‘Rush’ lives up to its title

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Let me start by saying that it would be a crime for The Academy not to award Daniel Bruhl‘s portrait of the iconic formula-1 star Niki Lauda with an Oscar nomination. That being said, let’s get into Ron Howard‘s ‘Rush‘.

‘Rush’ tells the true story of Lauda and fellow driver James Hunt (Chris Hemsworth). Their bittersweet rivalry started in their young formula-3 days and culminated in the 1976 formula-1 racing season. The movie is almost constructed like a race: we’re given a good amount of backstory for each driver, each gets the best of the other a few times, and the end is a fight to the emotional finish, as tensions mount and both racers begin to see each other in new and interesting ways.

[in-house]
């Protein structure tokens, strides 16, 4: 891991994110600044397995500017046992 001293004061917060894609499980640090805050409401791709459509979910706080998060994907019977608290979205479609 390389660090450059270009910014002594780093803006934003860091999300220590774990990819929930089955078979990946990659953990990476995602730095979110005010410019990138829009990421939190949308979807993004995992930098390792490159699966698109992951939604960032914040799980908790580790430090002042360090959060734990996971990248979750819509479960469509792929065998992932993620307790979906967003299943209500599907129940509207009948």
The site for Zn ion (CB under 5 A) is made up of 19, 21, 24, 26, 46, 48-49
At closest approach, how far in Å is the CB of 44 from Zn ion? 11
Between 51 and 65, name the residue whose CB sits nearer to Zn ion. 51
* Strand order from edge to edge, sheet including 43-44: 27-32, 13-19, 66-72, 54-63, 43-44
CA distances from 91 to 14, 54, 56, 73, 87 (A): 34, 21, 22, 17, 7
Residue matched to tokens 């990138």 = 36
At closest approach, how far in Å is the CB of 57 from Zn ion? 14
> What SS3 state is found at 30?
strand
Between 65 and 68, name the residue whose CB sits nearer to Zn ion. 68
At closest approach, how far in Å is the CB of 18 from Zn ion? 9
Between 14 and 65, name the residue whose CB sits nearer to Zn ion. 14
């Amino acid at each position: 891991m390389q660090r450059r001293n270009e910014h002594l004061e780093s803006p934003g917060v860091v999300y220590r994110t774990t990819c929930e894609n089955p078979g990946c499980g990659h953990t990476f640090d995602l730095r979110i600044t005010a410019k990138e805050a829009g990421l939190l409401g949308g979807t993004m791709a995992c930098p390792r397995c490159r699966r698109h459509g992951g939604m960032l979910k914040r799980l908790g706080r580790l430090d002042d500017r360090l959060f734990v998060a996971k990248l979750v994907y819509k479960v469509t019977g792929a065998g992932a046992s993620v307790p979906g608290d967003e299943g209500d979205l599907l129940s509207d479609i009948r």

It’s an incredibly satisfying piece of work, even if the details aren’t accurate, which, according to my research, they are. Howard and Company have done a terrific job making ‘Rush’ a seamless 70s period piece. From the costumes to the vehicles, from the sets to the story, everything feels as like it’s been meticulously dissected. But this accuracy doesn’t lord over the film’s dramatic elements, and that’s what’s so great about ‘Rush’. Its performances are a comfortable interior; its cinematography, set design, and direction are a pristine engine; its writing is a clean coat of paint. It all adds up to a sweet ride and a well-oiled machine.

George Napper

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